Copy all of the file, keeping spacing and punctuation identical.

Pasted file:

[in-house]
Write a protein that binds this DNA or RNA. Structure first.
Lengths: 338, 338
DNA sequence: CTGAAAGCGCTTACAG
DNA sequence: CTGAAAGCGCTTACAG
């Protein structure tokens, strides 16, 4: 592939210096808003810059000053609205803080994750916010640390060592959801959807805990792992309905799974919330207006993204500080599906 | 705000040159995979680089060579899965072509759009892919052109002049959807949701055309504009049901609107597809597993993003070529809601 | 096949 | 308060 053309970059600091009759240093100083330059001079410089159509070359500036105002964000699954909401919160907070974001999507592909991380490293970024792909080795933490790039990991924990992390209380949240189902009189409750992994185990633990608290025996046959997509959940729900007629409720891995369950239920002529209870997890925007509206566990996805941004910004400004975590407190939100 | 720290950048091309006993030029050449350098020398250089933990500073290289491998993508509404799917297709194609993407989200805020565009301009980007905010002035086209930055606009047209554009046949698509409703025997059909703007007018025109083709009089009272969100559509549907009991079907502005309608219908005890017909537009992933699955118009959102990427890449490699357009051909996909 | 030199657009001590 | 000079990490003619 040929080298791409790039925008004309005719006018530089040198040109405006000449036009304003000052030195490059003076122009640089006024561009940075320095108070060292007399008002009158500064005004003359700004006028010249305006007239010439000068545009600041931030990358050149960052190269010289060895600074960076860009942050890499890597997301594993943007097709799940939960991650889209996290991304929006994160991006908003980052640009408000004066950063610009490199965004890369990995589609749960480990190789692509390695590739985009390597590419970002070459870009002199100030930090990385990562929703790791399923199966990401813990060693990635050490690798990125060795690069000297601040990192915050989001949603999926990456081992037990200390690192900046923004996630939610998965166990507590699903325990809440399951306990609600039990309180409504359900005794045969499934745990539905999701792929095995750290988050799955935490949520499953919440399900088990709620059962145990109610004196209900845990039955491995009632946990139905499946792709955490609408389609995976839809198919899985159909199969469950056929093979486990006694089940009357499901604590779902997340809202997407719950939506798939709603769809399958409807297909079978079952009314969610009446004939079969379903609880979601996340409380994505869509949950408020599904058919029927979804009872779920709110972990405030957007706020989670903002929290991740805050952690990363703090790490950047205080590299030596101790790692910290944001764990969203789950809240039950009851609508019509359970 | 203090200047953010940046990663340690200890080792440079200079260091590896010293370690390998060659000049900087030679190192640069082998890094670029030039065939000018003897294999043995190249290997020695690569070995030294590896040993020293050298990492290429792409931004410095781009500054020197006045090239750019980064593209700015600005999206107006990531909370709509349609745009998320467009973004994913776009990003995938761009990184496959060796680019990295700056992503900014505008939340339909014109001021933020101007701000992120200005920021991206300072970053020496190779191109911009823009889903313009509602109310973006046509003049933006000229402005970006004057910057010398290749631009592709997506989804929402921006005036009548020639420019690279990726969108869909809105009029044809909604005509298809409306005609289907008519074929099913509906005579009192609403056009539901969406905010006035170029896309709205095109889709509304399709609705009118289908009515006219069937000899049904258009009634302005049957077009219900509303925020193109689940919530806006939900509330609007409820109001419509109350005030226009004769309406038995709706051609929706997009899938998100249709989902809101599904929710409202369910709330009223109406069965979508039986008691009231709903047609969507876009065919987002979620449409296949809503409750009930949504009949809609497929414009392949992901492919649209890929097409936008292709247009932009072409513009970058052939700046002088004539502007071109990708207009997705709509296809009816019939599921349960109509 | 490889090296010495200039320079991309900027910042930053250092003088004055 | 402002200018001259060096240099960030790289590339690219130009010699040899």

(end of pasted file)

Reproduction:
[in-house]
Write a protein that binds this DNA or RNA. Structure first.
Lengths: 338, 338
DNA sequence: CTGAAAGCGCTTACAG
DNA sequence: CTGAAAGCGCTTACAG
């Protein structure tokens, strides 16, 4: 592939210096808003810059000053609205803080994750916010640390060592959801959807805990792992309905799974919330207006993204500080599906 | 705000040159995979680089060579899965072509759009892919052109002049959807949701055309504009049901609107597809597993993003070529809601 | 096949 | 308060 053309970059600091009759240093100083330059001079410089159509070359500036105002964000699954909401919160907070974001999507592909991380490293970024792909080795933490790039990991924990992390209380949240189902009189409750992994185990633990608290025996046959997509959940729900007629409720891995369950239920002529209870997890925007509206566990996805941004910004400004975590407190939100 | 720290950048091309006993030029050449350098020398250089933990500073290289491998993508509404799917297709194609993407989200805020565009301009980007905010002035086209930055606009047209554009046949698509409703025997059909703007007018025109083709009089009272969100559509549907009991079907502005309608219908005890017909537009992933699955118009959102990427890449490699357009051909996909 | 030199657009001590 | 000079990490003619 040929080298791409790039925008004309005719006018530089040198040109405006000449036009304003000052030195490059003076122009640089006024561009940075320095108070060292007399008002009158500064005004003359700004006028010249305006007239010439000068545009600041931030990358050149960052190269010289060895600074960076860009942050890499890597997301594993943007097709799940939960991650889209996290991304929006994160991006908003980052640009408000004066950063610009490199965004890369990995589609749960480990190789692509390695590739985009390597590419970002070459870009002199100030930090990385990562929703790791399923199966990401813990060693990635050490690798990125060795690069000297601040990192915050989001949603999926990456081992037990200390690192900046923004996630939610998965166990507590699903325990809440399951306990609600039990309180409504359900005794045969499934745990539905999701792929095995750290988050799955935490949520499953919440399900088990709620059962145990109610004196209900845990039955491995009632946990139905499946792709955490609408389609995976839809198919899985159909199969469950056929093979486990006694089940009357499901604590779902997340809202997407719950939506798939709603769809399958409807297909079978079952009314969610009446004939079969379903609880979601996340409380994505869509949950408020599904058919029927979804009872779920709110972990405030957007706020989670903002929290991740805050952690990363703090790490950047205080590299030596101790790692910290944001764990969203789950809240039950009851609508019509359970 | 203090200047953010940046990663340690200890080792440079200079260091590896010293370690390998060659000049900087030679190192640069082998890094670029030039065939000018003897294999043995190249290997020695690569070995030294590896040993020293050298990492290429792409931004410095781009500054020197006045090239750019980064593209700015600005999206107006990531909370709509349609745009998320467009973004994913776009990003995938761009990184496959060796680019990295700056992503900014505008939340339909014109001021933020101007701000992120200005920021991206300072970053020496190779191109911009823009889903313009509602109310973006046509003049933006000229402005970006004057910057010398290749631009592709997506989804929402921006005036009548020639420019690279990726969108869909809105009029044809909604005509298809409306005609289907008519074929099913509906005579009192609403056009539901969406905010006035170029896309709205095109889709509304399709609705009118289908009515006219069937000899049904258009009634302005049957077009219900509303925020193109689940919530806006939900509330609007409820109001419509109350005030226009004769309406038995709706051609929706997009899938998100249709989902809101599904929710409202369910709330009223109406069965979508039986008691009231709903047609969507876009065919987002979620449409296949809503409750009930949504009949809609497929414009392949992901492919649209890929097409936008292709247009932009072409513009970058052939700046002088004539502007071109990708207009997705709509296809009816019939599921349960109509 | 490889090296010495200039320079991309900027910042930053250092003088004055 | 402002200018001259060096240099960030790289590339690219130009010699040899």